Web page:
The TV and print ads, which broke in October 2014, sparked a complaint from rival Aldi, which took issue with Morrisons' price matching system against Tesco, Sainsbury’s, Asda, Lidl and Aldi.
The spot shows Ant visiting a variety of supermarkets to find the cheapest options, while Dec relaxes outside a Morrisons branch with his shopping.
The adverts state that any price difference calculated at a Morrisons checkout would be added to the shopper’s Match & More card.
But Aldi complained to the Advertising Standards Authority that the ads were misleading and that Morrisons failed to verify for customers how they had compared their prices against the other supermarkets, and how they had calculated the points total. There were 18 complaints in total surrounding five issues, all of which were put forward by Aldi.
The ASA investigated the claims and ruled that the ads were not misleading, but upheld one of the complaints because: "We did not consider Morrisons had provided a clearly signposted facility for customers who had shopped with them to obtain readily, specific details of what products had been compared, and at what prices, to explain how the points total had been calculated."
For this reason, the ASA ruled that Morrisons was "not to repeat the ads until they had ensured that they provided consumers (and competitors) with a sufficient method to verify the references to the price-match scheme."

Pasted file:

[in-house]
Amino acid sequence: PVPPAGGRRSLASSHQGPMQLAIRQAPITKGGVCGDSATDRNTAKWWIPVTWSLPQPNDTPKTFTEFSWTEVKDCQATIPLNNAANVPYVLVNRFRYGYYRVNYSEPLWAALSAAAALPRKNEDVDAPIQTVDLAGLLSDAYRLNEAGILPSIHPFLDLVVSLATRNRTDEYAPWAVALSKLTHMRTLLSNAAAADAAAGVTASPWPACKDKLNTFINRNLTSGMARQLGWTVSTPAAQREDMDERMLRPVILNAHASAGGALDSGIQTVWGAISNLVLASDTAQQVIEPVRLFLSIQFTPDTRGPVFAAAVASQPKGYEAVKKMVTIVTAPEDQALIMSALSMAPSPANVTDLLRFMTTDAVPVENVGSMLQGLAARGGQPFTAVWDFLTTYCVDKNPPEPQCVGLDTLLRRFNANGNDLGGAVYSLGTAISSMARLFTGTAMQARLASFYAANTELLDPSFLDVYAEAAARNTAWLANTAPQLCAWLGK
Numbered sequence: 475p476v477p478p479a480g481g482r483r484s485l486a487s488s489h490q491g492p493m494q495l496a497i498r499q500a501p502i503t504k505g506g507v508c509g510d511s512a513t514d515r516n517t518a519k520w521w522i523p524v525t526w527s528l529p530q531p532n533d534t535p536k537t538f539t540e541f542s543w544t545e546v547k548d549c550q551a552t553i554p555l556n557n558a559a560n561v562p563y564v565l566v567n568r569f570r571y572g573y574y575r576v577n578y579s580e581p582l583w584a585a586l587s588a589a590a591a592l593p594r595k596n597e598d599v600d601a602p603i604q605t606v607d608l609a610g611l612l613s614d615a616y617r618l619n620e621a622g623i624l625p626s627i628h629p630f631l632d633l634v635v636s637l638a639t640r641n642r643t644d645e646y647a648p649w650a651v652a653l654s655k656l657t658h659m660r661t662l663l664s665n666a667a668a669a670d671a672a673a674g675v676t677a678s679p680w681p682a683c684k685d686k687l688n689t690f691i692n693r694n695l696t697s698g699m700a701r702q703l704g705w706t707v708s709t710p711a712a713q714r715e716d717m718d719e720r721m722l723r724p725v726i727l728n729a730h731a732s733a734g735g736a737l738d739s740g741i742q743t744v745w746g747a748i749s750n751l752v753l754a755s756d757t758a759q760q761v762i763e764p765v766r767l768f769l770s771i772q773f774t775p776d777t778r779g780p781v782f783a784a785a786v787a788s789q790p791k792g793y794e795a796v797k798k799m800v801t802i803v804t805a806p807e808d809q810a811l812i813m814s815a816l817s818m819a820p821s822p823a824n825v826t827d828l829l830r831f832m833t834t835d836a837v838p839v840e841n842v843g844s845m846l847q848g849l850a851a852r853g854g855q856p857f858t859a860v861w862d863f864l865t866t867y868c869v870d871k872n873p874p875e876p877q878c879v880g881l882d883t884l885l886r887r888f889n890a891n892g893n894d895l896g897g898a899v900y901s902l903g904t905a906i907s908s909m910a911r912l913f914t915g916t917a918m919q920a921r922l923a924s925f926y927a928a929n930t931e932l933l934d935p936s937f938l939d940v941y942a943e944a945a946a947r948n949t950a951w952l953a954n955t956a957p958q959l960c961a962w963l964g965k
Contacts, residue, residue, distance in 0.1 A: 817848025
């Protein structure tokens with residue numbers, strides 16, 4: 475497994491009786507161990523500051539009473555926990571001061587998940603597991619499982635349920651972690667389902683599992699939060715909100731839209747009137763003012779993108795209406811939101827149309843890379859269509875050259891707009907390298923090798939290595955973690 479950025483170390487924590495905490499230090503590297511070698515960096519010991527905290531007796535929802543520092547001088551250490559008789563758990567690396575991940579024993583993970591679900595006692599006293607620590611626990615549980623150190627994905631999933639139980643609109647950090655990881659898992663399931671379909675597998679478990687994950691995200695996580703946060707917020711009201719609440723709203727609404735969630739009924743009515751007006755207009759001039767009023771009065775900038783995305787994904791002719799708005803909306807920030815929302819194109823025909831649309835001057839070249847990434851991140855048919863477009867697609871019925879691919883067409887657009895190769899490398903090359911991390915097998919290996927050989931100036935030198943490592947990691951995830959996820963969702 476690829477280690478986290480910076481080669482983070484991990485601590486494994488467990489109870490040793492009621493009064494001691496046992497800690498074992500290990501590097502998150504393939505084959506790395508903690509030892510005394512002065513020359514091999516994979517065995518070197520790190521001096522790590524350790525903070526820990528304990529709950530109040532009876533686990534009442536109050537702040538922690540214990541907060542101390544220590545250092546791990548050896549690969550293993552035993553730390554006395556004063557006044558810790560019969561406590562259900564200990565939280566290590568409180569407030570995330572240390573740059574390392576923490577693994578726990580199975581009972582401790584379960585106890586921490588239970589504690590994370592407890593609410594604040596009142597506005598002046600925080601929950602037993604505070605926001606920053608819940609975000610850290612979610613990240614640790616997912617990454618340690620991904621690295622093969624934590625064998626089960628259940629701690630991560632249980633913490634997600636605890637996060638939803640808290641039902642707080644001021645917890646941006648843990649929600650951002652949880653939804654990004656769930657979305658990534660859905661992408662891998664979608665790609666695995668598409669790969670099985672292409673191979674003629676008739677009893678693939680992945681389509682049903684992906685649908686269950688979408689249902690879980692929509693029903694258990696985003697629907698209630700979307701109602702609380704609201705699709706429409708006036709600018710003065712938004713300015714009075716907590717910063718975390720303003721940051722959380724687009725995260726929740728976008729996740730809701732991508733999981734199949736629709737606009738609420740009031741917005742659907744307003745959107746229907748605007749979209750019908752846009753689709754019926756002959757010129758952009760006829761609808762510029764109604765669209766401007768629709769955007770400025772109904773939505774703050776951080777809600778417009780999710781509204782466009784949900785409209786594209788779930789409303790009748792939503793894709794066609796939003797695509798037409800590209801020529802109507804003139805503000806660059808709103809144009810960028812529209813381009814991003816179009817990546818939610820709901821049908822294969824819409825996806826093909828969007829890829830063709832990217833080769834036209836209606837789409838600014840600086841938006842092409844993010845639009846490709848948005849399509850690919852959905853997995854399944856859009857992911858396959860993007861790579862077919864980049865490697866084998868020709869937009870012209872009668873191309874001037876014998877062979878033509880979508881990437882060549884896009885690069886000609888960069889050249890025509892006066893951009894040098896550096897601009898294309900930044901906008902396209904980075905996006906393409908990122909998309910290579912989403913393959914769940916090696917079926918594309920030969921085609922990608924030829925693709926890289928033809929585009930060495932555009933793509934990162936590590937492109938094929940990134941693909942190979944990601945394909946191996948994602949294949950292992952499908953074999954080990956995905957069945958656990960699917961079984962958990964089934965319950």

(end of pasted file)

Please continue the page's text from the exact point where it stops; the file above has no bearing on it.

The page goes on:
Tony Baines, a joint managing director of buying at Aldi, said: "We are pleased with the ASA's decision to instruct Morrisons not to run the Match & More adverts again in their current form.
"This supports our view that these adverts did not provide consumers with sufficient price comparison data to enable them to make an informed choice.
Since the ruling, Morrisons has rectified their online content with a clearer methodology for accessing price comparison information, so the ad can continue to run.
Ian Twinn, the director of public affairs at ISBA, said there were already rules in place to ensure price comparison data was properly referenced by advertisers and said he was "relaxed" about consumers' ability to trust the claims made in such ads.
He said: "The rules on price comparison are quite strict. But clearly there is an issue when this complaint was made in October and here we are nine months later talking about it, well after the time when prices would have changed. There is no retrospective action that can be done but it is a warning to all supermarkets to be accurate."
Commenting on the initial halt to the ads, Martyn Jones, the Morrisons Group corporate services director, said: "This was a reasonable request which we quickly resolved. Shoppers with a receipt have always been able to discuss their savings with our customer services team but we have also made information clearer on our website. Overall the ASA’s ruling is a convincing outcome."